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Following the Rules: Brazilian Logging Concessions under Imperfect Enforcement and Royalties

Listed author(s):
  • Alexander J. Macpherson
  • Douglas R. Carter
  • Marco W. Lentini
  • Mark D. Schulze
Registered author(s):

    Debates about forest concessions in the Brazilian Amazon have focused on the government’s enforcement capacity. Using an optimization model largely parameterized with data from the Eastern Amazon, we investigate the effectiveness of renewability audits and performance bonds in inducing compliance with reduced-impact logging and harvest volume requirements. In weak enforcement environments, audits are unlikely to induce full compliance with harvest regulations, while performance bonds may be more effective. The use of royalty instruments such as the ad valorem and revenue-based royalties can generate revenues and, in the case of revenue-based instruments, modify harvest behavior, but only under limited circumstances.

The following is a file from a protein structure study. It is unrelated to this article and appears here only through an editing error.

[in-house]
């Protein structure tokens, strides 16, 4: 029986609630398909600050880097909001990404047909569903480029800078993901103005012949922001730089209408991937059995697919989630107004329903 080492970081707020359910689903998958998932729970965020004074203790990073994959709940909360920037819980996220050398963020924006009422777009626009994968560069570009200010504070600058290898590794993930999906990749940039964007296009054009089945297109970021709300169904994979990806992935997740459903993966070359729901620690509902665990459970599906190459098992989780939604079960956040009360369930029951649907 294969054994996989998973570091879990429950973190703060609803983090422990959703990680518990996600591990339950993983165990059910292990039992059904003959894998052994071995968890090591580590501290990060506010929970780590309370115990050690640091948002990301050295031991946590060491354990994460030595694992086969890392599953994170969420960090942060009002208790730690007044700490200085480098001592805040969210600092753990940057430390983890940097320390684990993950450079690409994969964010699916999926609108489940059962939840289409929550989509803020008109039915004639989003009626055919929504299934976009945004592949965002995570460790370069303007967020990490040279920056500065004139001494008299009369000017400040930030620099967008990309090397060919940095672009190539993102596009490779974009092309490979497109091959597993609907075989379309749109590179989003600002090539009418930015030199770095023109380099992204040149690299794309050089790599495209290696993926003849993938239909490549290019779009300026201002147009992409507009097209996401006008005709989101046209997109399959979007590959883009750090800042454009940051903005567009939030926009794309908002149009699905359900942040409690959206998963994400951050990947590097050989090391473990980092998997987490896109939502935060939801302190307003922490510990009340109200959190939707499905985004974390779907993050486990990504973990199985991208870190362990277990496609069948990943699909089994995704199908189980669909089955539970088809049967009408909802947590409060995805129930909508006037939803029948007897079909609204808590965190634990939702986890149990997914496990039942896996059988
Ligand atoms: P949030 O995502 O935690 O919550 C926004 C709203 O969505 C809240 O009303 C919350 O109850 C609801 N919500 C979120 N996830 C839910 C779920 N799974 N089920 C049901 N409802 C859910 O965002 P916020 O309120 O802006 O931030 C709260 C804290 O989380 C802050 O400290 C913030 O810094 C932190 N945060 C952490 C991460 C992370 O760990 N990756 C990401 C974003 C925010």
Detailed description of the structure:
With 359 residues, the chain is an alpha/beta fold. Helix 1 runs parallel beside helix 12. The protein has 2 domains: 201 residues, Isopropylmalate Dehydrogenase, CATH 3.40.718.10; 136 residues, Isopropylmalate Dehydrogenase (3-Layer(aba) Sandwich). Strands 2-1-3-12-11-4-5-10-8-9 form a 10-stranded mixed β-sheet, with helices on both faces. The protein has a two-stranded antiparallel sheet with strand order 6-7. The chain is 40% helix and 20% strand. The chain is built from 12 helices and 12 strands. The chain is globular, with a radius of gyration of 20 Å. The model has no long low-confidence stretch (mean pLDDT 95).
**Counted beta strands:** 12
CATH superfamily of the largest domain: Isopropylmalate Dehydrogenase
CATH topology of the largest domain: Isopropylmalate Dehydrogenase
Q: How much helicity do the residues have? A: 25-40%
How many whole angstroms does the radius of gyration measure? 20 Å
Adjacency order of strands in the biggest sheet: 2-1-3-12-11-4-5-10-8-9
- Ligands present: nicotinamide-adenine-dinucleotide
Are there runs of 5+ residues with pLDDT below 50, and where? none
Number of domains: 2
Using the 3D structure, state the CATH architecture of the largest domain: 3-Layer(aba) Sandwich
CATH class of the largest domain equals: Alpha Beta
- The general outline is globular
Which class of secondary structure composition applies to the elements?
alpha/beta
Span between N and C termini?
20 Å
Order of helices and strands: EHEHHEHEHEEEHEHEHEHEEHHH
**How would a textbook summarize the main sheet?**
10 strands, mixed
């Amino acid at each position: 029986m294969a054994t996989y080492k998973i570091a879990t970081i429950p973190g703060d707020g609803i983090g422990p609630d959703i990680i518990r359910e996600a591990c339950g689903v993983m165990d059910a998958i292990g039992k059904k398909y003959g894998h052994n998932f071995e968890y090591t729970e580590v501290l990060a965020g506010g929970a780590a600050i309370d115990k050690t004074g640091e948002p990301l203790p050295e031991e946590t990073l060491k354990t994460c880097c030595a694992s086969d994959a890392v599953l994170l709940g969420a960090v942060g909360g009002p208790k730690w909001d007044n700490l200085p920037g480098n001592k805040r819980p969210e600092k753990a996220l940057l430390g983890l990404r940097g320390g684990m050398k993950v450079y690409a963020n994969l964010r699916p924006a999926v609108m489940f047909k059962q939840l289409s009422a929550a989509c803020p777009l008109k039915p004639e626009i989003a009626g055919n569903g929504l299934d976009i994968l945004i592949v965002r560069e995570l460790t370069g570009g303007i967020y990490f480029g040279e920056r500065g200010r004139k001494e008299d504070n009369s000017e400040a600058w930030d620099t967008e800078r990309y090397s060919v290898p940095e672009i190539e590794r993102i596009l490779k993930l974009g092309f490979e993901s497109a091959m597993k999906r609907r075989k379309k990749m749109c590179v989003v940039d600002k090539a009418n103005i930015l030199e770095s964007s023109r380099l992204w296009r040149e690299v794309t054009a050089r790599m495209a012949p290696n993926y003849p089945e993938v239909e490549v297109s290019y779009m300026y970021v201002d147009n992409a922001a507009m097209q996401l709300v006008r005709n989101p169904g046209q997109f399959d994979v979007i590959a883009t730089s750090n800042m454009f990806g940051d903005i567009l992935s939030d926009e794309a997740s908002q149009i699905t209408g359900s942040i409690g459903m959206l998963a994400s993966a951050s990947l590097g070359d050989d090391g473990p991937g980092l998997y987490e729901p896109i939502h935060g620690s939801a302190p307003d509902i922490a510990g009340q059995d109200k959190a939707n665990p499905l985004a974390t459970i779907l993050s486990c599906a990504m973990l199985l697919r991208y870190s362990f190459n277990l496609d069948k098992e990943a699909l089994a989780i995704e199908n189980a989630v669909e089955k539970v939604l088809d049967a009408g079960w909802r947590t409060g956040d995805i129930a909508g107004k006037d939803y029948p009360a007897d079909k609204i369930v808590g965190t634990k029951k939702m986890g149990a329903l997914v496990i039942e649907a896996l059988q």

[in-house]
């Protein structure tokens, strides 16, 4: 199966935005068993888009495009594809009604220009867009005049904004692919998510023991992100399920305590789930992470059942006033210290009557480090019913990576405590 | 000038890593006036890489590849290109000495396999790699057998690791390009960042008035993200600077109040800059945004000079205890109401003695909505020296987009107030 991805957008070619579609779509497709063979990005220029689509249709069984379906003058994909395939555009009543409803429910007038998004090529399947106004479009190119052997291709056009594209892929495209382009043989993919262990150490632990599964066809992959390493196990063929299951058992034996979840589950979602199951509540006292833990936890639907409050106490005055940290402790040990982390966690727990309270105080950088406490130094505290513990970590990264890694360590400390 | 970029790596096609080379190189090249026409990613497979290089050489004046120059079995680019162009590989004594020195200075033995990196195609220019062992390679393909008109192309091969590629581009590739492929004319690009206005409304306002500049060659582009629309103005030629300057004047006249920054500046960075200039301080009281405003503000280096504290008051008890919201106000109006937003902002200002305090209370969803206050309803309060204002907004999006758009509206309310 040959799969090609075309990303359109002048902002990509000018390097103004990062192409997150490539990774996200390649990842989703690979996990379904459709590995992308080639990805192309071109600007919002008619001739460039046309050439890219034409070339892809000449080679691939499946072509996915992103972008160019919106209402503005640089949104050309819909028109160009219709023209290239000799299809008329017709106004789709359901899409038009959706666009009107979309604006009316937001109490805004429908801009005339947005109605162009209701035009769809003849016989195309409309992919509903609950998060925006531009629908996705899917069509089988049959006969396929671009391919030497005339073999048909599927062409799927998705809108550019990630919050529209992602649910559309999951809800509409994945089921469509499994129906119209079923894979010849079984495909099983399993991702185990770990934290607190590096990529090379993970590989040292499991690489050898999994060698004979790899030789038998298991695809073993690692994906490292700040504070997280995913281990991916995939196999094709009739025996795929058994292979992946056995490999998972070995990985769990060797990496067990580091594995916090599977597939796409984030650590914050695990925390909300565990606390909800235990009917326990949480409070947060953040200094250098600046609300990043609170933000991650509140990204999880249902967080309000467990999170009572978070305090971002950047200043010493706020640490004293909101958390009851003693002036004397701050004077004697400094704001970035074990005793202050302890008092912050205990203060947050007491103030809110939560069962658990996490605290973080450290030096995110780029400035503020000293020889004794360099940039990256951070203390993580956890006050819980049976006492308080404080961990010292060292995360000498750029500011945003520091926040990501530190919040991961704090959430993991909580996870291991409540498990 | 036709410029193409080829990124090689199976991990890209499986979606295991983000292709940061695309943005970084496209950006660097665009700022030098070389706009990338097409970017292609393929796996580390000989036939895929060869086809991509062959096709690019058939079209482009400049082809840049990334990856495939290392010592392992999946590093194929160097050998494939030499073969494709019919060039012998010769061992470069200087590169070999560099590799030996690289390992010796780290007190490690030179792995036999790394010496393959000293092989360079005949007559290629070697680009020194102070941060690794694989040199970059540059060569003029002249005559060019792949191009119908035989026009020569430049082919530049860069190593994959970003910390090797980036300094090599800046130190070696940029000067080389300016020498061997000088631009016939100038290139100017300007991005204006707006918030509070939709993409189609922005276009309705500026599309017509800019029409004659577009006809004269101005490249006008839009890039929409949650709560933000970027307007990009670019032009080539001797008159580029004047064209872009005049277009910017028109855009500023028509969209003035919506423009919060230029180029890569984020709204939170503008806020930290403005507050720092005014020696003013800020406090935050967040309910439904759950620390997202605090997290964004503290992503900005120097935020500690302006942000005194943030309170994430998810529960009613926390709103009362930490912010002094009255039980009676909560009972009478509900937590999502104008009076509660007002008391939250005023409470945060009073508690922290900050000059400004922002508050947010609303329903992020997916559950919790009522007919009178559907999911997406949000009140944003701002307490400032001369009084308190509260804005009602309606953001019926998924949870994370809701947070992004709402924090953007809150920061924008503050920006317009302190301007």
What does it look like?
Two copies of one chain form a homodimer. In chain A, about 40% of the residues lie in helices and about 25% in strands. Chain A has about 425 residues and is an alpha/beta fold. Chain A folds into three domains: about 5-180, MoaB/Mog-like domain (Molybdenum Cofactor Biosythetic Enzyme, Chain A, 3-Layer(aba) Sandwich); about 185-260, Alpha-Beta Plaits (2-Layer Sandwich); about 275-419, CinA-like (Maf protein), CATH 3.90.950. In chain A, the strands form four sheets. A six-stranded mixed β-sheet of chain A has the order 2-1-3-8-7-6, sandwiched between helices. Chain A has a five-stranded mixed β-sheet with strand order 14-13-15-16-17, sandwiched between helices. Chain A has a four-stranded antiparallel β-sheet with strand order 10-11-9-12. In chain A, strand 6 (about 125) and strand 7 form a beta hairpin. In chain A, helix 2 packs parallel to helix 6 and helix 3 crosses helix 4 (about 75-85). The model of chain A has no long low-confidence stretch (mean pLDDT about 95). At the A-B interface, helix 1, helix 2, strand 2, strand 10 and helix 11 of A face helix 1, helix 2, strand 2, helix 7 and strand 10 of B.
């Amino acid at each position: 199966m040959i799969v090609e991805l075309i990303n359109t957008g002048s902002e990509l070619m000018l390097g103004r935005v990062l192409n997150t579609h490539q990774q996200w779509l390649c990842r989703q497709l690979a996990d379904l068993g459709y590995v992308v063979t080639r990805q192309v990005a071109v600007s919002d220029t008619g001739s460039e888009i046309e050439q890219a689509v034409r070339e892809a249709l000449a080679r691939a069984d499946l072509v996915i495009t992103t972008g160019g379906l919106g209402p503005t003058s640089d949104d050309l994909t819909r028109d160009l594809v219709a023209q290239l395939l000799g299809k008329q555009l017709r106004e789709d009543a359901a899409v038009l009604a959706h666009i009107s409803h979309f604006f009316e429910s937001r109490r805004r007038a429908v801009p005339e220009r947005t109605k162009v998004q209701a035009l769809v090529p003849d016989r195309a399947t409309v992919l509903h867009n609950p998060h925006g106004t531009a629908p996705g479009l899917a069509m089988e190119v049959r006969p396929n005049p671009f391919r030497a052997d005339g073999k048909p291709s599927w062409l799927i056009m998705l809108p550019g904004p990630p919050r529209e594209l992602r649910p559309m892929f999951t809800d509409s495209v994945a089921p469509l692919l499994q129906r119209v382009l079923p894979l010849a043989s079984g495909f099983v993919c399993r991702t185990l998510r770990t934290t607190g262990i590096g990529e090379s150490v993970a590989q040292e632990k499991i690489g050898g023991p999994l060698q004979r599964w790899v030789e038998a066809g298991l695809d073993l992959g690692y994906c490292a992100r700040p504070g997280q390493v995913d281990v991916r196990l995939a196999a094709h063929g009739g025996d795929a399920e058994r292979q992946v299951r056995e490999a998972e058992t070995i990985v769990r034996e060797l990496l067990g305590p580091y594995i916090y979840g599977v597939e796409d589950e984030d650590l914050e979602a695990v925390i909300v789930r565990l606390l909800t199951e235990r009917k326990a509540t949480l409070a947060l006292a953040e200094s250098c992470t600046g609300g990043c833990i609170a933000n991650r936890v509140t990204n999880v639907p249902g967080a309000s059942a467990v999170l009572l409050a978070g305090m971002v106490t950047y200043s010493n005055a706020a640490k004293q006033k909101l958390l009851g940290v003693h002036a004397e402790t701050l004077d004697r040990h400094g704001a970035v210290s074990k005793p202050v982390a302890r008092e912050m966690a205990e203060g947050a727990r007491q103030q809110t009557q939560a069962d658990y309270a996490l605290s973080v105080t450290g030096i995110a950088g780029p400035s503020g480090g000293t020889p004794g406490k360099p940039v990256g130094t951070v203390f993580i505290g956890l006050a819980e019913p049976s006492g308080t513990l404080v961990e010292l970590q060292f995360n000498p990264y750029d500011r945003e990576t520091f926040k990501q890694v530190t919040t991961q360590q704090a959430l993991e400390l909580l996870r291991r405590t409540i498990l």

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    Article provided by University of Wisconsin Press in its journal Land Economics.

    Volume (Year): 86 (2010)
    Issue (Month): 3 ()

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    Handle: RePEc:uwp:landec:v:86:y:2010:iii:1:p493-513
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    1. By Luc Leruth & Remi Paris & Ivan Ruzicka, 2001. "The Complier Pays Principle: The Limits of Fiscal Approaches Toward Sustainable Forest Management," IMF Staff Papers, Palgrave Macmillan, vol. 48(2), pages 1-8.
    2. Conrad, Robert F. & Gillis, Malcolm & Mercer, D. Evan, 2005. "Tropical forest harvesting and taxation: a dynamic model of harvesting behavior under selective extraction systems," Environment and Development Economics, Cambridge University Press, vol. 10(05), pages 689-709, October.
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